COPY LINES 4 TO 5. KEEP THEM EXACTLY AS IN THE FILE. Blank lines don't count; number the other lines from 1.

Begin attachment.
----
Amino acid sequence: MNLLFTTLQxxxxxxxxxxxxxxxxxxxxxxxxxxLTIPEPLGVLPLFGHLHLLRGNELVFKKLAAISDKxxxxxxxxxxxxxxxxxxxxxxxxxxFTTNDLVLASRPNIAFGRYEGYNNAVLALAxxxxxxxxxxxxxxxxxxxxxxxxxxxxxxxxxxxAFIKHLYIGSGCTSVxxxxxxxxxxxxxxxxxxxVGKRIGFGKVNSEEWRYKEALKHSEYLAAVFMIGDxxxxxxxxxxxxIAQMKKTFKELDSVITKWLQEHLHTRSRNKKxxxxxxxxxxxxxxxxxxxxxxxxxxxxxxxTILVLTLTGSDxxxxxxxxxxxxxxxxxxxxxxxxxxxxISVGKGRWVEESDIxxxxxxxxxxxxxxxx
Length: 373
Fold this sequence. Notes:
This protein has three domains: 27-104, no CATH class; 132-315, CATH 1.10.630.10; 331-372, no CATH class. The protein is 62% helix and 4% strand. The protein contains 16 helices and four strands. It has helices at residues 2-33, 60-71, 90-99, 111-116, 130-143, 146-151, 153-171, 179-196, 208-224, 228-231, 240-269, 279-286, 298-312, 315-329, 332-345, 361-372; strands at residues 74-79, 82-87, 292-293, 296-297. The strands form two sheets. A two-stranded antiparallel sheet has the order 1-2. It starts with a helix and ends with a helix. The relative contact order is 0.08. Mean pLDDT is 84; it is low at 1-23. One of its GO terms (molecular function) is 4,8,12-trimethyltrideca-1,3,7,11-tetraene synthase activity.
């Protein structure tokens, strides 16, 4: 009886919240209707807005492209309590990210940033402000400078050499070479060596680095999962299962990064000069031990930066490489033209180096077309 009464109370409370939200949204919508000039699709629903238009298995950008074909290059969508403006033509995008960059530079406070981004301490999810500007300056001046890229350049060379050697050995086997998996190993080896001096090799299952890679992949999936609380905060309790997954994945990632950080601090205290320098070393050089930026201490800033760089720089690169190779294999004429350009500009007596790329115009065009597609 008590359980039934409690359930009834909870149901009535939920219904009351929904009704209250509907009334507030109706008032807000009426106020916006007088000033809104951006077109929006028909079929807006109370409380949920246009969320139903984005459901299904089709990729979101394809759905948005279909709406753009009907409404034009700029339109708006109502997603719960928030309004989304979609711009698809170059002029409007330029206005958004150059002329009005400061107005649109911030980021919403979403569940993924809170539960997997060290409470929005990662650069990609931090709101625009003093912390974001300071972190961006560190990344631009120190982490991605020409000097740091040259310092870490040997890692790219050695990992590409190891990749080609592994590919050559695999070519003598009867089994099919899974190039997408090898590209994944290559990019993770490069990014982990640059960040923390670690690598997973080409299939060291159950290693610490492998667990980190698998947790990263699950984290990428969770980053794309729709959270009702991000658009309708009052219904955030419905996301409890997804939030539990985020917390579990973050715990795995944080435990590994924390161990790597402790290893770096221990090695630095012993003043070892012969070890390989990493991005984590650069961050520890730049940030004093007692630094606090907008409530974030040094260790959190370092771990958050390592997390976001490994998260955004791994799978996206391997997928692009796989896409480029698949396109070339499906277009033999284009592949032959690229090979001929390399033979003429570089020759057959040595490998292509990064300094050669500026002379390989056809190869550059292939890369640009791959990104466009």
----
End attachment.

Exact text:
This protein has three domains: 27-104, no CATH class; 132-315, CATH 1.10.630.10; 331-372, no CATH class. The protein is 62% helix and 4% strand. The protein contains 16 helices and four strands. It has helices at residues 2-33, 60-71, 90-99, 111-116, 130-143, 146-151, 153-171, 179-196, 208-224, 228-231, 240-269, 279-286, 298-312, 315-329, 332-345, 361-372; strands at residues 74-79, 82-87, 292-293, 296-297. The strands form two sheets. A two-stranded antiparallel sheet has the order 1-2. It starts with a helix and ends with a helix. The relative contact order is 0.08. Mean pLDDT is 84; it is low at 1-23. One of its GO terms (molecular function) is 4,8,12-trimethyltrideca-1,3,7,11-tetraene synthase activity.
């Protein structure tokens, strides 16, 4: 009886919240209707807005492209309590990210940033402000400078050499070479060596680095999962299962990064000069031990930066490489033209180096077309 009464109370409370939200949204919508000039699709629903238009298995950008074909290059969508403006033509995008960059530079406070981004301490999810500007300056001046890229350049060379050697050995086997998996190993080896001096090799299952890679992949999936609380905060309790997954994945990632950080601090205290320098070393050089930026201490800033760089720089690169190779294999004429350009500009007596790329115009065009597609 008590359980039934409690359930009834909870149901009535939920219904009351929904009704209250509907009334507030109706008032807000009426106020916006007088000033809104951006077109929006028909079929807006109370409380949920246009969320139903984005459901299904089709990729979101394809759905948005279909709406753009009907409404034009700029339109708006109502997603719960928030309004989304979609711009698809170059002029409007330029206005958004150059002329009005400061107005649109911030980021919403979403569940993924809170539960997997060290409470929005990662650069990609931090709101625009003093912390974001300071972190961006560190990344631009120190982490991605020409000097740091040259310092870490040997890692790219050695990992590409190891990749080609592994590919050559695999070519003598009867089994099919899974190039997408090898590209994944290559990019993770490069990014982990640059960040923390670690690598997973080409299939060291159950290693610490492998667990980190698998947790990263699950984290990428969770980053794309729709959270009702991000658009309708009052219904955030419905996301409890997804939030539990985020917390579990973050715990795995944080435990590994924390161990790597402790290893770096221990090695630095012993003043070892012969070890390989990493991005984590650069961050520890730049940030004093007692630094606090907008409530974030040094260790959190370092771990958050390592997390976001490994998260955004791994799978996206391997997928692009796989896409480029698949396109070339499906277009033999284009592949032959690229090979001929390399033979003429570089020759057959040595490998292509990064300094050669500026002379390989056809190869550059292939890369640009791959990104466009």